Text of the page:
Virginia Republican Gov. 's career ended in disgrace, undone by revelations of accepting gifts from a wealthy donor and tackily shilling for his products in return. But were McDonnell's actions corrupt as well? That's the question the Supreme Court will address on Wednesday when it hears oral arguments in McDonnell v. U.S.
The case has attracted considerable attention from legal experts and government watchdog groups because it delves into the question of what exactly an official must do for his actions to be defined as "corrupt." The case could have a major impact on future corruption prosecutions.
"There are bigger issues at stake here [than McDonnell's own case]. The Supreme Court has watered down a lot of anti-corruption statutes in recent years," said Noah Bookbinder, executive director of Citizens for Responsibility and Ethics in Washington, a nonprofit group that has filed a "friend of the court" brief in the case.
McDonnell was convicted in 2015 on 11 counts of fraud, extortion and conspiracy for accepting about $100,000 in private gifts from a donor, Virginia businessman Jonnie Williams.
In his Supreme Court brief, the former governor argues that his convictions should be overturned because, while he took the money, he never engaged in any "official act" as governor on Williams' behalf. All he did, he argues, is schmooze with a donor.
"This prosecution is unprecedented. It hinges on a novel, sweeping theory that puts every public official at the mercy of federal prosecutors," McDonnell's lawyers argue.
The Justice Department has countered that McDonnell did indeed engage in such overt acts, but has added that even if he didn't that would be "irrelevant" to the corruption convictions.
"As the court held, and as the jury was instructed, 'it was not necessary for the government to prove that [petitioner] actually took [an] official action,'" the agency argued in its Supreme Court brief.
David Debold, a partner at the Washington law firm of Gibson, Dunn & Crutcher, says the case comes down to the question of what is an "official act."
"The real issue was in the quid pro quo — what is the 'quo' here?" he said.
Williams gave the money to McDonnell in 2011-12 as part of an effort to promote a dietary supplement he was backing called Anatabolic. He wanted Virginia medical schools to do testing of it as part of an effort to get FDA approval.
McDonnell did help to promote it, including holding a launch party for the product at the governor's mansion to attract interest from researchers at the University of Virginia and Virginia Commonwealth University. McDonnell even recommended the product to the official who oversaw the state health plan.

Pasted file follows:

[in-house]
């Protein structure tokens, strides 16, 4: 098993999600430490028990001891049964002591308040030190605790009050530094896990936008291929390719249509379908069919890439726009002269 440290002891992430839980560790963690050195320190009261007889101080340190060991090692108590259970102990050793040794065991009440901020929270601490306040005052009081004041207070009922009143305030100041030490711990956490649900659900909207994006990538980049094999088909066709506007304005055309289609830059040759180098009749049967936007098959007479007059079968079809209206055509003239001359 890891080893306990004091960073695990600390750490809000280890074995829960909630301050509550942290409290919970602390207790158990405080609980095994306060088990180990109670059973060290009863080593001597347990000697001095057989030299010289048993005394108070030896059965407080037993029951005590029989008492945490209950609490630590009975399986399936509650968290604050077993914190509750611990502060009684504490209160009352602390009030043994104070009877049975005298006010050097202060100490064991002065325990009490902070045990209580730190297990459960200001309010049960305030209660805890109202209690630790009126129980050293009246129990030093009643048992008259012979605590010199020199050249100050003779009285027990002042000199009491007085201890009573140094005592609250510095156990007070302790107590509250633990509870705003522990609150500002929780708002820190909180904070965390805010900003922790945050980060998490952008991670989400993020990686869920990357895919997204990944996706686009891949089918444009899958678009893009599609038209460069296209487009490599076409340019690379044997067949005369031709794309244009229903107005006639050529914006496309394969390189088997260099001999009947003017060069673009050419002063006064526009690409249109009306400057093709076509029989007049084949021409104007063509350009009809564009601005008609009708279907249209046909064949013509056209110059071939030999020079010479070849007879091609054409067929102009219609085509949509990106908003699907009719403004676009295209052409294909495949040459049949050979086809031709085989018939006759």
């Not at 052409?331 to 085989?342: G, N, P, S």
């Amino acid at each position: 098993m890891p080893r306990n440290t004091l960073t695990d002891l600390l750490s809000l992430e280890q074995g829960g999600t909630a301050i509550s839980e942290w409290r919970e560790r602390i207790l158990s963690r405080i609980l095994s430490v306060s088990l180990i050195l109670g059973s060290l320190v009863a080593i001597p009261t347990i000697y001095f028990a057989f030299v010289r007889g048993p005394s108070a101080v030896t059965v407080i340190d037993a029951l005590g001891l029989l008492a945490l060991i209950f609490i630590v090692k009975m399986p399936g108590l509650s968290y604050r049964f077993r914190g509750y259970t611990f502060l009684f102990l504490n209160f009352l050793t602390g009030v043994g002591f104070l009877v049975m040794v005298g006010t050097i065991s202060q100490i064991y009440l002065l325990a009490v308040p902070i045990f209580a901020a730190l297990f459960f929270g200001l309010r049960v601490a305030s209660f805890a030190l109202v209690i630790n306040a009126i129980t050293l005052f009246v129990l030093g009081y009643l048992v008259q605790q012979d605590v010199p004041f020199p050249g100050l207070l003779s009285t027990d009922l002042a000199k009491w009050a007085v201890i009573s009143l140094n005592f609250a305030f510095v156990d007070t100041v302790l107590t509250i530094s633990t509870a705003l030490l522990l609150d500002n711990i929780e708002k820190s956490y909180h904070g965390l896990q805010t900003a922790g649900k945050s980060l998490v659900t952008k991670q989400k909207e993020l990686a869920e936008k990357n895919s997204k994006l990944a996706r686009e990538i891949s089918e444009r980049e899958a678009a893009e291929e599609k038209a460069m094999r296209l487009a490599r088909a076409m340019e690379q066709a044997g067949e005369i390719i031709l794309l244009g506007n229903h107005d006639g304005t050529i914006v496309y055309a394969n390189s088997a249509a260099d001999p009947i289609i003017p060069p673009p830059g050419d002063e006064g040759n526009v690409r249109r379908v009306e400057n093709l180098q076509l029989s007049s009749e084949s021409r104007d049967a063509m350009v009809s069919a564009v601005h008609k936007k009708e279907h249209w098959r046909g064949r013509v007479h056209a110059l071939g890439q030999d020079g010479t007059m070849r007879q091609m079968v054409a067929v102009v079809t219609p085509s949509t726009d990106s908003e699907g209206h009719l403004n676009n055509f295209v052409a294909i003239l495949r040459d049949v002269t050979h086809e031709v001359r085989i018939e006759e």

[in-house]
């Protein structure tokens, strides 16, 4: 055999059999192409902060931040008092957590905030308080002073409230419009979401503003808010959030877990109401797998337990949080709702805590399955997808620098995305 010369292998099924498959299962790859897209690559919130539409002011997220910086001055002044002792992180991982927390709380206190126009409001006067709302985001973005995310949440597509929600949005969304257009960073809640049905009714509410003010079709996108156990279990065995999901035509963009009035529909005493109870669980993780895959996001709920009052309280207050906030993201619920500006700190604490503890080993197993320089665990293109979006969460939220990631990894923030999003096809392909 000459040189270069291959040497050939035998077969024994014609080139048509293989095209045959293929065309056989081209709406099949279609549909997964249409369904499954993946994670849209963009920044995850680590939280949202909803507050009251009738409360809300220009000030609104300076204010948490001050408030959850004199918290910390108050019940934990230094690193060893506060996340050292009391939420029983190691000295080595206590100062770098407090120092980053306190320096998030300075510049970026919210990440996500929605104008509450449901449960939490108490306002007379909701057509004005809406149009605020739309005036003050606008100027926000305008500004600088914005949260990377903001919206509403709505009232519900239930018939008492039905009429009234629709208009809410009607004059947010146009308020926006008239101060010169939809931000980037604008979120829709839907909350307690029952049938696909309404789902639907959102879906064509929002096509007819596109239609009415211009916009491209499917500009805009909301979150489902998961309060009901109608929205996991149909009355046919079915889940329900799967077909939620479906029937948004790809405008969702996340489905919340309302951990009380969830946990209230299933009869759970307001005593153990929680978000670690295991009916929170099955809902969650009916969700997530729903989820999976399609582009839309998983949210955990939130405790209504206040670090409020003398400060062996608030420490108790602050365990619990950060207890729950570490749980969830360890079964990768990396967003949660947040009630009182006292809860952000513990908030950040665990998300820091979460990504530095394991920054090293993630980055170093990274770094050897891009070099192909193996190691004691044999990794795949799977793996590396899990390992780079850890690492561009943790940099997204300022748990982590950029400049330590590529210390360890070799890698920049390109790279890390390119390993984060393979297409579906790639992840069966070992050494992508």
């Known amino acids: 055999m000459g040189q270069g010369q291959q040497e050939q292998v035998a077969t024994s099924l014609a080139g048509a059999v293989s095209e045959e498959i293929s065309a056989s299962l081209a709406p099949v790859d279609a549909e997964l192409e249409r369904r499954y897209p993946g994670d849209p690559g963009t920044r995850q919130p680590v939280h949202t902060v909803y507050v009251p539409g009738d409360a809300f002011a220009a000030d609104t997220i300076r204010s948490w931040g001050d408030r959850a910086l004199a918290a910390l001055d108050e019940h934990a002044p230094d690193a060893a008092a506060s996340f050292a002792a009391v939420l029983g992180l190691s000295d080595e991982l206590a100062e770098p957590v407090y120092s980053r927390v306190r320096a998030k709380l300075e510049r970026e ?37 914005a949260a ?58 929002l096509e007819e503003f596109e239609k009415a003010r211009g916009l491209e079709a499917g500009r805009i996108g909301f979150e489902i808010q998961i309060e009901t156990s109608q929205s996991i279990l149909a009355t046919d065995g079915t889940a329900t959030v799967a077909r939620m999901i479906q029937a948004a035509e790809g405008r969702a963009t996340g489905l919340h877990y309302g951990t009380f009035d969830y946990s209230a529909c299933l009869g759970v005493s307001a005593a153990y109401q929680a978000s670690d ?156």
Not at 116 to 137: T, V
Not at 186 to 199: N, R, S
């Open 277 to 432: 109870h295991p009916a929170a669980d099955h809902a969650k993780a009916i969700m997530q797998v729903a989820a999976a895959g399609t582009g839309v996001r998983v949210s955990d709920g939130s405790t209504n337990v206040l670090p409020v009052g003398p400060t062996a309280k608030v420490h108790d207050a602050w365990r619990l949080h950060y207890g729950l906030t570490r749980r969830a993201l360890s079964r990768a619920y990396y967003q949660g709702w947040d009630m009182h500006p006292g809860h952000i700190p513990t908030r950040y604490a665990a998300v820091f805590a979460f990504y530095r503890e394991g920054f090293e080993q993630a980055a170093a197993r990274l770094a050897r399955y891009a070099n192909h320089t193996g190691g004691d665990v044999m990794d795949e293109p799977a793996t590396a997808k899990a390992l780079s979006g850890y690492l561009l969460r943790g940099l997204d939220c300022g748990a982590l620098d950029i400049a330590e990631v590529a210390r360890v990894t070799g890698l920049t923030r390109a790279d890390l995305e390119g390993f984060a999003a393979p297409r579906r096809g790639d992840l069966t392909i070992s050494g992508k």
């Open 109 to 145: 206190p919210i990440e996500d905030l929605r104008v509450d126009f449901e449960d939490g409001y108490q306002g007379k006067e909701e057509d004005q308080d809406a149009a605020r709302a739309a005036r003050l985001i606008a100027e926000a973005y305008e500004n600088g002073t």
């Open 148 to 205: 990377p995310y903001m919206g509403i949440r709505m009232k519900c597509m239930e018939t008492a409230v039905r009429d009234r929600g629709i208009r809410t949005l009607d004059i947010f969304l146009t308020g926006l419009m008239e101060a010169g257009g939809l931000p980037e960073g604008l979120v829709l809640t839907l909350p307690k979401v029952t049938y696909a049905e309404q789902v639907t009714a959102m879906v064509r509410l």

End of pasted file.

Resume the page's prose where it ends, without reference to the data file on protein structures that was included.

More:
The governor's wife, Maureen, who was convicted on eight counts of corruption in 2014, was particularly close to Williams, regularly requesting money and favors from him. Among other indulgences, Williams provided the couple with paid golf outings, use of his Ferrari sports car, and bought airline tickets for two of the McDonnells' daughters to go to a bachelorette party in Savannah, Ga. When Maureen McDonnell requested a Rolex watch for her husband with "71st Governor of Virginia" engraved on it, Williams complied.
However, Williams did not get much from his investment in McDonnell. The state universities never took up the testing and Anatabolic was never included in the state health plan. Even the Justice Department's own brief describes Williams as "furious" over the lack of action.
Nevertheless, the Justice Department argues that merely setting up meetings and talking to other officials amounted to official acts. That is, the attempt to influence policy was itself sufficient. The agency further notes that the money involved was not campaign contributions but private gifts that went directly into the pockets of McDonnell and his wife.
The governor's court brief argues that the fact that nothing happened to benefit Williams undermines the government's case. "Gov. McDonnell had authority to order what Williams wanted. He never did. Nor did he 'urge' or 'recommend' that others make decisions favoring Williams," his brief argued.
Some political organizations are backing McDonnell. The Republican Governor's Public Policy Committee argued in a friend of the court brief that the case defined corruption as facilitating a constituent's access to other state policymakers, calling it "conduct that is extraordinarily commonplace."
That's an outrageous stance, Bookbinder says. "McDonnell seems to be making the argument that getting paid for access … is not only 'business as usual' but a constitutionally protected right," he said.
What the justices will make of the case is anybody's guess since the facts don't fall along usual partisan or ideological lines. Law-and-order conservatives such as Justice Samuel Alito may be tempted to uphold the convictions, Debold said, but they also have been willing to counter what they saw as law enforcement overreach in the past. The court's liberals have been more willing to uphold limits on political speech and actions.